Cargo volumes up in August: IATA

written by | October 2, 2014
Cargo markets in the Asia Pacific remained weak during October, but internatonal passenger travel continued up.
Cargo markets have reported strong growth in July and August.

The recent rebound in cargo led by markets in the Asia-Pacific, North America and the Middle East may be tempered by global political uncertainty and economic jitters, the International Air Transport Association (IATA) says.

Cargo volumes, measured by freight tonne kilometres (FTK), rose 5.1 per cent in August, compared with the prior corresponding period.

It was the second consecutive month of strong growth, following the 6.1 per cent lift in July, IATA said.


“The outlook for air cargo is clearly getting better,” IATA chief executive Tony Tyler said in a statement.

Airlines in the Middle East reported strong cargo growth of 7.8 per cent, just a touch below their year-to-date average of 9.6 per cent, on the back of growing links to developing markets and the increasing amount of new commodities such as perishable items.

Asia-Pacific carriers also had a good month with cargo up 6.3 per cent and an increase in Chinese export orders pointed to future growth in the period ahead.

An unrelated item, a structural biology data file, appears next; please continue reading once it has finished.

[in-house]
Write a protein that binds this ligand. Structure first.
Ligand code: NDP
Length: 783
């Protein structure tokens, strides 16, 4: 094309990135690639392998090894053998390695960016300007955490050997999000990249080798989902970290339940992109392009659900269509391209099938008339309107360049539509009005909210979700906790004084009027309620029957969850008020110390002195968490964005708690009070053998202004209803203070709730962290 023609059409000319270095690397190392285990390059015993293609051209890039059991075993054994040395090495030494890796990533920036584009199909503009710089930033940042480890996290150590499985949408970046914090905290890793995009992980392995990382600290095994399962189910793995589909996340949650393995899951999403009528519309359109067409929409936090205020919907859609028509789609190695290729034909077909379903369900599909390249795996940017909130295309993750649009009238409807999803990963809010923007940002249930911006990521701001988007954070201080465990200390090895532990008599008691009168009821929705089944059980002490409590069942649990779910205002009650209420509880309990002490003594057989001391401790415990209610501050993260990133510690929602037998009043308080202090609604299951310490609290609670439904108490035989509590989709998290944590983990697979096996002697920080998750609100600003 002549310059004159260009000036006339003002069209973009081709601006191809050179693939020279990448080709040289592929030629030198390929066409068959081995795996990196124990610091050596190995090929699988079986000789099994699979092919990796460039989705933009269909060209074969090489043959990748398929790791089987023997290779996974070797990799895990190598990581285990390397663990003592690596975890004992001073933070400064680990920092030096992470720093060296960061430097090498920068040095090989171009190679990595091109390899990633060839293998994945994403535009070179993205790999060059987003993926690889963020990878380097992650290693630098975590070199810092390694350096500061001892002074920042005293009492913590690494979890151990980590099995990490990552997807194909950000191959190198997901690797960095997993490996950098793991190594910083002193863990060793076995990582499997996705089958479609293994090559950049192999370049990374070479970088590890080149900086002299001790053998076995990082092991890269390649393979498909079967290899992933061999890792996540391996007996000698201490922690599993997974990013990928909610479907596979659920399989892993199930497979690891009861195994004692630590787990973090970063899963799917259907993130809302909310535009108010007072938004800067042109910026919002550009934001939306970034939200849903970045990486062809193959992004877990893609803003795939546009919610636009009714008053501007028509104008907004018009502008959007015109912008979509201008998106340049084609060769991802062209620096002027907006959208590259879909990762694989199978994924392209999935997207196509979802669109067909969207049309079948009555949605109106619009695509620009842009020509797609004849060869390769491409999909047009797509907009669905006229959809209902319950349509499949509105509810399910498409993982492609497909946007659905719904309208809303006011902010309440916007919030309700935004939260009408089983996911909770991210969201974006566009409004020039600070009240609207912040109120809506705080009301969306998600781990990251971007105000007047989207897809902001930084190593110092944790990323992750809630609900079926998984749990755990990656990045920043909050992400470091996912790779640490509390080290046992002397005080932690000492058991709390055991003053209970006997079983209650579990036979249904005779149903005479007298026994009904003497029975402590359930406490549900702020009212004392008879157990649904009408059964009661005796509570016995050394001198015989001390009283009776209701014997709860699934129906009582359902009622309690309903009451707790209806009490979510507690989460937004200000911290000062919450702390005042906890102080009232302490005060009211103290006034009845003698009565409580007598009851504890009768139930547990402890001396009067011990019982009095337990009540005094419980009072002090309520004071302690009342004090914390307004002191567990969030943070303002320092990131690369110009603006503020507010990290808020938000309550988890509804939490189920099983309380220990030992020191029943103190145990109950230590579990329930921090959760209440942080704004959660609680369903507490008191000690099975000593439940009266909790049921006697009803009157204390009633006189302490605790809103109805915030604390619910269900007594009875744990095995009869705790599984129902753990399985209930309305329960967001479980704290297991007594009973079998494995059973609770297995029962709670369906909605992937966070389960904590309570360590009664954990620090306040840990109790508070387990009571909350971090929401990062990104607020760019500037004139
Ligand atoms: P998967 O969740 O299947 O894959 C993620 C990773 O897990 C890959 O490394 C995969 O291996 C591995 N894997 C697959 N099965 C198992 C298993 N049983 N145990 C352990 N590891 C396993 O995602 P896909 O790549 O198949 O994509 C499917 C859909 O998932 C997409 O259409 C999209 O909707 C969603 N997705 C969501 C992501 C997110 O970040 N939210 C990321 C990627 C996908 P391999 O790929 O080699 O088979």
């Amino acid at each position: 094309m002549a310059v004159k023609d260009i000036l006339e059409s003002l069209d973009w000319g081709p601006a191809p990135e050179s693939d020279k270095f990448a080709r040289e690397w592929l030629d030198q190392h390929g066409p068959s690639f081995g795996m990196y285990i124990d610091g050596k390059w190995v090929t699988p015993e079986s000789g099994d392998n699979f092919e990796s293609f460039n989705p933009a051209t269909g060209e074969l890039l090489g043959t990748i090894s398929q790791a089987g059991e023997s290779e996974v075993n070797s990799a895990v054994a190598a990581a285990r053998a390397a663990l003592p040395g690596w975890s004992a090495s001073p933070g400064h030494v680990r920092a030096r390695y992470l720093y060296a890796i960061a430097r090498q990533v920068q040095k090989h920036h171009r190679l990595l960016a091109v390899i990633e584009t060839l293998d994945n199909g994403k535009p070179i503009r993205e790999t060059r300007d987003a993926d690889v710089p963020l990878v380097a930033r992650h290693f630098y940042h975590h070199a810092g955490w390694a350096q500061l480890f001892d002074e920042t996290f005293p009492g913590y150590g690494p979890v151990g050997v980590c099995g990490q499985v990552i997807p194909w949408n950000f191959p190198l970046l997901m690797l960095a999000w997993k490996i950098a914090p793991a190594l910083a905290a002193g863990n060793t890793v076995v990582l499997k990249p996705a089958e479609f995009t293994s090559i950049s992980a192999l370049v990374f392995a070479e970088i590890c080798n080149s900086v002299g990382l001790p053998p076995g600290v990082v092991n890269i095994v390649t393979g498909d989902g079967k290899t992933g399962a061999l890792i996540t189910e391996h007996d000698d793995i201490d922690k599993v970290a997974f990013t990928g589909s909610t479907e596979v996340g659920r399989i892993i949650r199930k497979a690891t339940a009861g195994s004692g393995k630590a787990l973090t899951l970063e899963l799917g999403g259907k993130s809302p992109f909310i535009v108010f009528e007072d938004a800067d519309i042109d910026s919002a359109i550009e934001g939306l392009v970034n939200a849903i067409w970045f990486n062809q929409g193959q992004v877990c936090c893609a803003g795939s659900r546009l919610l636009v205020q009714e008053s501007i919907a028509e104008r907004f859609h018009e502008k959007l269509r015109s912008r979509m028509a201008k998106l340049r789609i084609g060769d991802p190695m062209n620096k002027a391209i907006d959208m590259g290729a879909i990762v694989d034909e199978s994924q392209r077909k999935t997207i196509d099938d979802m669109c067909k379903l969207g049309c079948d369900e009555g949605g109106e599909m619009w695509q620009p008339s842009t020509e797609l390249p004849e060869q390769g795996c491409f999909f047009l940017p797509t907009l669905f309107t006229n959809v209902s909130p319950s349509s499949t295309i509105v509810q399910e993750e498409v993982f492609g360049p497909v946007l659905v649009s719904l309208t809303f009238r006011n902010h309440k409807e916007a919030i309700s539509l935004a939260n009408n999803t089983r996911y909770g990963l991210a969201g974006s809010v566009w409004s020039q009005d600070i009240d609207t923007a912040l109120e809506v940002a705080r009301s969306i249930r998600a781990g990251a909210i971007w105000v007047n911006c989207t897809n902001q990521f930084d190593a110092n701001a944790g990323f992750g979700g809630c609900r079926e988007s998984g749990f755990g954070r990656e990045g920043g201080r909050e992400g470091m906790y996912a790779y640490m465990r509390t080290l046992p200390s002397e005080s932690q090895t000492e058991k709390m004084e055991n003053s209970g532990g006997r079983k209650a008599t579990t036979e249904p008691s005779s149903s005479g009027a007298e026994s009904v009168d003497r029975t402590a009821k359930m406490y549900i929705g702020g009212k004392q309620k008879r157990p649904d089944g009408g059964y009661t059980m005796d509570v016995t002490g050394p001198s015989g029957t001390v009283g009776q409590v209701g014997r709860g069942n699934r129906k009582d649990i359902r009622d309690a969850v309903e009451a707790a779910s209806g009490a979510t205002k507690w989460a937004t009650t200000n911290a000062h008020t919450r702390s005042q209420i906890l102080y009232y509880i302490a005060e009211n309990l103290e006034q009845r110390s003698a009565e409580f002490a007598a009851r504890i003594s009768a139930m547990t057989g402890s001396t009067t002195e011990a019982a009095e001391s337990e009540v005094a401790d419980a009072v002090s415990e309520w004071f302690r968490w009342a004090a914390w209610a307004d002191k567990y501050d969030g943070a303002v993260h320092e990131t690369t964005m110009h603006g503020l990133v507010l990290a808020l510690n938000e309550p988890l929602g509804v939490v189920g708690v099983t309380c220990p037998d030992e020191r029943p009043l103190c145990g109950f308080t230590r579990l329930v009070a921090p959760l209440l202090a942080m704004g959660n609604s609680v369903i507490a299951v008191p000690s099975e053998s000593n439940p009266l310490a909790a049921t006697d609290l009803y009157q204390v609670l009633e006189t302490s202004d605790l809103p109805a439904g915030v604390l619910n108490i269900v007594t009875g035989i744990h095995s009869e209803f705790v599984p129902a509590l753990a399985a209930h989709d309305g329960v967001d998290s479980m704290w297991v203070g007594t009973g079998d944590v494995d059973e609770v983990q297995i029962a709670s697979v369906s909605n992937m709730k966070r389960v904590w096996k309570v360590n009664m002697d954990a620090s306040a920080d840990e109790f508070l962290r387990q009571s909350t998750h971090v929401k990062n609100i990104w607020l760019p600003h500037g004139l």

Also, cargo volumes were 5.5 per cent higher in North America, led by stronger business activity and positive economic growth.


However, Tyler said there were some “limiting factors on the extent of potential gains”, given demand for air cargo was growing more slowly than global economic activity.

“Businesses are reported to have more confidence in the future, but the list of political and economic risks continues to moderate how that confidence translates into actual activity,” Tyler said.

European carriers reported a slender 1.4 per cent growth in cargo amid deteriorating economic conditions in the Eurozone and sanctions on Russia due to the conflict in Ukraine.

Latin America’s cargo market was also sluggish, growing at 1.1 per cent as regional trade activity fell and the Brazilian economy stayed weak.

IATA represents about 240 airlines and 84 per cent of global air traffic.

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